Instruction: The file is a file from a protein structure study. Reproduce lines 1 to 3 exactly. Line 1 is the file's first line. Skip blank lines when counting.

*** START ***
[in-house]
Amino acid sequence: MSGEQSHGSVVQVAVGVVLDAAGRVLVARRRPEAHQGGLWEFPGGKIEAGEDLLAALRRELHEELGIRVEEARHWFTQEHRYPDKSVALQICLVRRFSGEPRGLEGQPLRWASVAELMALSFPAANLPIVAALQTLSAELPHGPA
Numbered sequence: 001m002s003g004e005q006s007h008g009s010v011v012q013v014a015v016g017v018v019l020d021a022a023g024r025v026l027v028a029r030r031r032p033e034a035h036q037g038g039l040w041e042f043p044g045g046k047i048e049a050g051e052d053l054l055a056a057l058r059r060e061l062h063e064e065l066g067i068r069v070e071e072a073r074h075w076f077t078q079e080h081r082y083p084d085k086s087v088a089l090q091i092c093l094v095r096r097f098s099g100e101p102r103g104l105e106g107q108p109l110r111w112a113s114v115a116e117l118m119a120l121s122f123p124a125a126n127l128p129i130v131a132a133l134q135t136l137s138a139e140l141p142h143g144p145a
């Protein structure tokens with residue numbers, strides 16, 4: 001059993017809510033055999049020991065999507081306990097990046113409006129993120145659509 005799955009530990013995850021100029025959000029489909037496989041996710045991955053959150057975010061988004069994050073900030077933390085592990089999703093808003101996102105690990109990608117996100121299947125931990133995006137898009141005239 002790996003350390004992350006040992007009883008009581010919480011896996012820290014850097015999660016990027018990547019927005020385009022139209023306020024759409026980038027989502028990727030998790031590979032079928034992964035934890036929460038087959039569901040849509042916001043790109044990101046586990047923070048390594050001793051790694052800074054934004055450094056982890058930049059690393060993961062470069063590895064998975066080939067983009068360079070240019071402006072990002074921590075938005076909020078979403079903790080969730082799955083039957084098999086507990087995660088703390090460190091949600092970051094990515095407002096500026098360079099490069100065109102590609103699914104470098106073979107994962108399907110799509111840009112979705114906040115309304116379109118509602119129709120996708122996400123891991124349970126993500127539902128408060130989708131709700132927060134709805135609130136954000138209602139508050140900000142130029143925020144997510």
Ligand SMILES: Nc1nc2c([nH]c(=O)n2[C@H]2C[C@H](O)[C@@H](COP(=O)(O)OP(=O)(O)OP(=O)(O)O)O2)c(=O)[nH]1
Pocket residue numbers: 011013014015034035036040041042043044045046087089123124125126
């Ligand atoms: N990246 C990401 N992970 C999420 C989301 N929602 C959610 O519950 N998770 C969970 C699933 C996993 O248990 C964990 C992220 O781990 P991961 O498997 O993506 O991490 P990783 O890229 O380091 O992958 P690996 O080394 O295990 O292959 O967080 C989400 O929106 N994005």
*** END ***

[in-house]
Amino acid sequence: MSGEQSHGSVVQVAVGVVLDAAGRVLVARRRPEAHQGGLWEFPGGKIEAGEDLLAALRRELHEELGIRVEEARHWFTQEHRYPDKSVALQICLVRRFSGEPRGLEGQPLRWASVAELMALSFPAANLPIVAALQTLSAELPHGPA
Numbered sequence: 001m002s003g004e005q006s007h008g009s010v011v012q013v014a015v016g017v018v019l020d021a022a023g024r025v026l027v028a029r030r031r032p033e034a035h036q037g038g039l040w041e042f043p044g045g046k047i048e049a050g051e052d053l054l055a056a057l058r059r060e061l062h063e064e065l066g067i068r069v070e071e072a073r074h075w076f077t078q079e080h081r082y083p084d085k086s087v088a089l090q091i092c093l094v095r096r097f098s099g100e101p102r103g104l105e106g107q108p109l110r111w112a113s114v115a116e117l118m119a120l121s122f123p124a125a126n127l128p129i130v131a132a133l134q135t136l137s138a139e140l141p142h143g144p145a